So will we have inflation or deflation in the next 12 months?
I can say with some authority: Yeah, probably.
There has been much press on the notion that we will have an increase soon in the overall price level—and recently there has been some buzz about a decrease, as well. In fact, here at On Wall Street, we’re not above embracing the concept of mixed messages, as we ran an article recently on the opportunities to help your clients regardless of whether prices rise or fall.
But to look at the possibility of deflation for a moment, if you’re in this camp, you can point weak growth across the developed economies, as well as a bleak jobs outlook, as your indicators.
Typical deflationary investments include long-term Treasurys (the coupon is fixed), perhaps dividend-paying stocks and, of course, good old-fashioned cash.
For one more possible deflationary investment, Index IQ has an ETF called IQ Real Return. It is typically viewed as a hedge to inflation, but the fact that it is a “real return” fund means it could also prove to be a valuable tool in times of deflation, says Adam Patti, CEO of IndexIQ. The fund also provides the liquidity and transparency inherent in an ETF structure, obviously, he notes, which tends to dampen portfolio volatility.
The fund began as a research project a couple of years ago, with the goal of determining the key drivers of inflation, using data back to 1910. In fact, Patti said, this research project was undertaken because they noted investors were shunning TIPs, at least in ETF products. So he wanted to come up with a new product that would appeal more to those investors seeking a safe haven.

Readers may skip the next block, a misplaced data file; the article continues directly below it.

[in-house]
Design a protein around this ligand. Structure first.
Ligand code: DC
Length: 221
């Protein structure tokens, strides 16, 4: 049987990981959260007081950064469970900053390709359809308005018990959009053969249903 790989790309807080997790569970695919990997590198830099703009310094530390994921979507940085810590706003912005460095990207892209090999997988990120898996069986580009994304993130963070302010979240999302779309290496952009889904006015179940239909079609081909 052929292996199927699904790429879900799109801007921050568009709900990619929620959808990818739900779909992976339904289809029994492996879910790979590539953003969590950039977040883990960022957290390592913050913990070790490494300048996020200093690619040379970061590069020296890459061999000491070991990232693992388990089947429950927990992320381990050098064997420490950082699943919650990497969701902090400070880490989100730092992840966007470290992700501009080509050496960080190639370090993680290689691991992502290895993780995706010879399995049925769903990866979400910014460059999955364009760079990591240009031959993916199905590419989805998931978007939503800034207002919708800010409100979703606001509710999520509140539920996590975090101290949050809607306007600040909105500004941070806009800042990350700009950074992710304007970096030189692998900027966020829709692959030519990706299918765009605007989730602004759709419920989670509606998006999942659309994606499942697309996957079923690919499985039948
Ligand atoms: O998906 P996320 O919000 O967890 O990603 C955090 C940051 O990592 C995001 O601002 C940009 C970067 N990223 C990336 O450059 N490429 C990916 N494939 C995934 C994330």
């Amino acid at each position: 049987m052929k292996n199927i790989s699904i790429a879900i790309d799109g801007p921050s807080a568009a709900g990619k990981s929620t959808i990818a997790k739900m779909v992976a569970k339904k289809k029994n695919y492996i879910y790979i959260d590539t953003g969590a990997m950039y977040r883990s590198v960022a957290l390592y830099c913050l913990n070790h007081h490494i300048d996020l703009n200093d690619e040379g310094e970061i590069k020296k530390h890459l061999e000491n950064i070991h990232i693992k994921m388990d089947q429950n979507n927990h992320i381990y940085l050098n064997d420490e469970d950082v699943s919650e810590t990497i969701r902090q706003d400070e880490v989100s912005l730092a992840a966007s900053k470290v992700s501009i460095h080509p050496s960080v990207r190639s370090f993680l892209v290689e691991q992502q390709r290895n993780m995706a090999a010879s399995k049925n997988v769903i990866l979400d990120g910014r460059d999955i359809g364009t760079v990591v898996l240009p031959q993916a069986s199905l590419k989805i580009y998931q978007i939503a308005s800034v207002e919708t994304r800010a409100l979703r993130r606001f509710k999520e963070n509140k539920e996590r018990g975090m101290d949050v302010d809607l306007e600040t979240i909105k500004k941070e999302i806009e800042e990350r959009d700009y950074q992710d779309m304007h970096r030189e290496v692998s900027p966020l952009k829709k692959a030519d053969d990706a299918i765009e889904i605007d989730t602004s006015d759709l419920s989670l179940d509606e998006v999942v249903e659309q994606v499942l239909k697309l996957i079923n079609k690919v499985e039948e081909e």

The assets in the fund are the typical allocations that you’d expect from any well-balanced portfolio—commodities, some gold, energy, currencies and equities—but it is designed as just “fire insurance,” Patti says. It is best used as 5% to 15% of a portfolio, he says.
The fund is designed to earn real returns of 2% to 3%, but one of its overall uses is to keep volatility low, he says.
On the other side of this divide, the inflationary camp notes all the money that’s been pumped into system over the past year, as well as expected increase in demand from developing countries, as their indicators. And taking a long-term view, this is more likely to happen.
For inflationary periods, TIP bonds are among the best investments. As Patti noted, they may lose some of their effectiveness when sold in an ETF, but they can be bought as an individual security as well, if your client wants to go that route.
Other possible inflationary investments include foreign bonds to cash in on the growth potential in other countries.
But before you decide on a specific strategy for your client’s portfolio regarding inflation or deflation, you need to make sure they are very clear on their expectations. If they decide to “go safe” and invest with the idea that they will only make a couple of percentage points over inflation, but then inflation never really hits very hard, then they have to accept the fact that their overall returns are going to be lower.
So you not only have to be clear from the outset, but you have to stay in communication with them, as well, to make sure their expectations aren’t becoming detached from the decisions they made a few months ago. And if that has occurred, it may be time to sit down and reconsider the mix in their portfolio.